Chapter 11 of the Parliamentary Joint Committee on Corporations and Financial Services ‘Fairness in Franchising Report’ – published in March 2019 – covered the termination of franchise agreements.
The bulk of the evidence considered by the Committee indicated that franchise exit arrangements are heavily weighted in the franchisor’s favour. As a result, franchisees can be locked into unprofitable businesses and suffer significant personal financial hardship.
In order to address this, the Committee made a number of key recommendations aimed at providing franchisees with more exit rights.
Franchising Code of Conduct (FCC)
The FCC provides for the termination of franchise agreements by franchisors, but not by franchisees. Specifically, a franchisor can terminate a franchise agreement either:
- by the franchisee’s breach (subject to a franchisee cure right)
- on reasonable notice, where reasons for the termination are given (where there is no breach by the franchisee)
In addition a franchisor can terminate a franchise agreement where the franchisee:
- no longer complies with licensing arrangements
- becomes insolvent
- is deregistered by Australian Securities and Investments Commission (ASIC)
- abandons the business
- is convicted of a serious offence
- operates the business in a way that endangers public safety
- acts fraudulently
Significantly the only means by which a franchisee can terminate a franchise agreement in the absence of the franchisor’s agreement are:
- within the prescribed 7 day cooling off period
- by not renewing the franchise agreement
- by having the franchisor acquire the franchised business
- by transferring the franchisee’s business to a new franchisee
Evidence before the Commissioner was split between those that believed the termination provisions operated fairly and efficiently and those that believed they operated unfairly and oppressively, particularly where the franchisee is required to compensate the franchisor for early termination.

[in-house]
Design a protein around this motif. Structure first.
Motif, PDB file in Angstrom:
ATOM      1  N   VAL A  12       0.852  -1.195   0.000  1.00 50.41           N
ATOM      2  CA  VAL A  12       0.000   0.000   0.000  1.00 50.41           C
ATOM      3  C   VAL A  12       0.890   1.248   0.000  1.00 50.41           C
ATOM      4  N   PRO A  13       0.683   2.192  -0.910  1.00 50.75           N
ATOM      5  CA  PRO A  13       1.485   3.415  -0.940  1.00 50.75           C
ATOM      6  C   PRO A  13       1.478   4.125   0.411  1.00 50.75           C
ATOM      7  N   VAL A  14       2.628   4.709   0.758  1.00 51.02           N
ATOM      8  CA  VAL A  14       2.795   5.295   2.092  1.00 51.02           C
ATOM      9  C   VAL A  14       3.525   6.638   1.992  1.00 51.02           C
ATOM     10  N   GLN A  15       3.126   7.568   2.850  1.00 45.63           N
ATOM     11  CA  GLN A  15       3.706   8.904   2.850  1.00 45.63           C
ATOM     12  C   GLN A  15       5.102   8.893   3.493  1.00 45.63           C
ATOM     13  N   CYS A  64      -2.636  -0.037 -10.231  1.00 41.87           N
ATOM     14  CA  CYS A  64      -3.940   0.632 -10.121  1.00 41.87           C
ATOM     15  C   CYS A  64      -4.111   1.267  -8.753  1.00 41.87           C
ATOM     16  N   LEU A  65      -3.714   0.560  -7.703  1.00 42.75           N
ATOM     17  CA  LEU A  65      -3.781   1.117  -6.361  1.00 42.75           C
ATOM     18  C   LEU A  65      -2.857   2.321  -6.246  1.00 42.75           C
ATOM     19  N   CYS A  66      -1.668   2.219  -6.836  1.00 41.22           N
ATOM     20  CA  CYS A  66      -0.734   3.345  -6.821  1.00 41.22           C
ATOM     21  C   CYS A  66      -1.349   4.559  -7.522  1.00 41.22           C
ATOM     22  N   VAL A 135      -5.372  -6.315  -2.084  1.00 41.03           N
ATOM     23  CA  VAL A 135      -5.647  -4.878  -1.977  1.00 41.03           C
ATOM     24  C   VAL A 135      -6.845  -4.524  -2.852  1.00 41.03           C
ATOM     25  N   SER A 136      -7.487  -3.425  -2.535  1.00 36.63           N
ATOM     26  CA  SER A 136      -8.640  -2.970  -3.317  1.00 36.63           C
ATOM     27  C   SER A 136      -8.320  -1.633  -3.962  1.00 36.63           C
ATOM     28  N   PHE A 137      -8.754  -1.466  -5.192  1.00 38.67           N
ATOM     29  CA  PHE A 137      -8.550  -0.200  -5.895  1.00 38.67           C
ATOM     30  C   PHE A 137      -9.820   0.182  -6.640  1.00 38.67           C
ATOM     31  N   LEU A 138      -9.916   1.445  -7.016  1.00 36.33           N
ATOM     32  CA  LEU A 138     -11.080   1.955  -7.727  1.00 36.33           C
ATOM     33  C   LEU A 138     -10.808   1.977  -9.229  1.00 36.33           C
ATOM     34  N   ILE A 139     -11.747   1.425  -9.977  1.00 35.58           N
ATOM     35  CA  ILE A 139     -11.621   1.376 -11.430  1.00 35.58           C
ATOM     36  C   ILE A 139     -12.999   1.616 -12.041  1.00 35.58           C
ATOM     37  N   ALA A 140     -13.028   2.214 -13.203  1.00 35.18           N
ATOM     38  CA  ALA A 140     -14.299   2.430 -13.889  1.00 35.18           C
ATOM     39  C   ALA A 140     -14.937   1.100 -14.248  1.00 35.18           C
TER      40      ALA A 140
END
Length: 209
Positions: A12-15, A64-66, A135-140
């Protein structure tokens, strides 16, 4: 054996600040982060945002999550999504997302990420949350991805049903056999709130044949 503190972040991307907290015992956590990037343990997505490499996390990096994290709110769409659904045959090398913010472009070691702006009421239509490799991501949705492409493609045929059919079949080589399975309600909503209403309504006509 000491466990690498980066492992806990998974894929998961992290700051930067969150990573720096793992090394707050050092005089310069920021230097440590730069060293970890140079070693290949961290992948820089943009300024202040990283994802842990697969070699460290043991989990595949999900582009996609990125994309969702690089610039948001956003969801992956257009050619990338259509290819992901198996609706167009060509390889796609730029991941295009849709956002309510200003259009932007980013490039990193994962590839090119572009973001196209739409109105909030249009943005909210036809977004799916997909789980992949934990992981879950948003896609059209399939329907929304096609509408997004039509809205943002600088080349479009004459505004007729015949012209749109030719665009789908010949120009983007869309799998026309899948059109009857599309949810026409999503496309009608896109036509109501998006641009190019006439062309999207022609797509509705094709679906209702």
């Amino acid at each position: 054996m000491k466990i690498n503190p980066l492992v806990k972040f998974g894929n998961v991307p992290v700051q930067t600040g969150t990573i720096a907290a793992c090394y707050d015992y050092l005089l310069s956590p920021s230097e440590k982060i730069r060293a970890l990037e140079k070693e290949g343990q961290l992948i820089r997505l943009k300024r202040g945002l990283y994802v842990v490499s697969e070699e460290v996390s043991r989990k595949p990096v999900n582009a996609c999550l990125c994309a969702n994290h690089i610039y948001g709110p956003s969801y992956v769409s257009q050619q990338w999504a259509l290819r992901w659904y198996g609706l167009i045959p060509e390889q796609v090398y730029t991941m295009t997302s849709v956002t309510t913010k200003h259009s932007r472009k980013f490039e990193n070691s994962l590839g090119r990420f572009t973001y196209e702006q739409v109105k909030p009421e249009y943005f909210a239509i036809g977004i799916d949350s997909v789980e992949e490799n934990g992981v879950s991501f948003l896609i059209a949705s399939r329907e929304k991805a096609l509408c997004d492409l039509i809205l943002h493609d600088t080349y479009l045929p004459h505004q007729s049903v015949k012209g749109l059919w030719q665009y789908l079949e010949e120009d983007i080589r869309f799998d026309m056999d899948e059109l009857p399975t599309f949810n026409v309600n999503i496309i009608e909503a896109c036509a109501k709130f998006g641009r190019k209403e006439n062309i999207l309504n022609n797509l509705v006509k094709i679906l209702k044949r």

The Committee received evidence about commonplace financial consequences faced by franchisees for early termination of a franchise agreement, including:
- the franchisor recovering damages from the franchisees, to compensate the franchisor for the franchises not running its full term
- the franchisee becoming bankrupt or insolvent while still committed to providing substantial cash flows to the franchisor
- the franchisee, at no fault of its own, being trapped in an unviable franchise with no ability to exit
- the franchisor having full discretion to decide what constitutes a breach endangering public health or safety or a fraudulent act, both being triggers for termination of the franchise
Submissions were received that the FCC should be amended to give franchisees the right to terminate the franchise agreement:
- on giving 90 days’ notice to the franchisor (with no compensation payable to the franchisor for that early termination)
- on the grounds of hardship or the suffering of substantial and ongoing financial loss
- where a prescribed minimum return is not achieved
- where a franchisor’s action has adversely affected a franchisee
The Committee’s view was, as with many other aspects of franchising, that the FCC reinforces an asymmetry of power in the franchisor’s favour, and when exploited, can result in close to no losses for a franchisor and bankruptcy for a franchisee when exiting a franchise.
Having considered the evidence, the Committee recommended that the FCC be amended to permit franchisees to exit franchise agreements:
- greater transparency around the allocation (if any) of goodwill in franchise agreements, as well as protections for franchisees when required to undertake significant capital expenditure near the end date of a franchising agreement
- where the franchised business is unviable (with the test for this to be developed by the Franchising Task Force – it is expected to be based around net profit after tax (NPAT) and/or earnings before interest, tax, depreciation and amortization (EBITDA))
- in ‘special circumstances’ (such as loss of licence, deregistration, bankruptcy, abandonment, fraud, public safety or environmental searches)
- in relation to fraud, termination can only occur where the franchisee is convicted of fraud in connection with the operation of the franchise
- in relation to public health and safety, termination can only occur if the franchisee is given a ‘permanent closure direction’ for the franchise by a relevant government body, or failure to remedy Work Health and Safety (WHS) orders or notices
Equitable exit arrangements are critical to upholding a fair and balanced business relationship. The Committee has recommended significant amendments to the FCC to give franchisees the right to exit franchise agreements taking into account the surrounding circumstances of a franchising arrangement. The Committee anticipates that the amendments would bring about significant cultural change and go some way to extinguishing the power imbalance in franchising.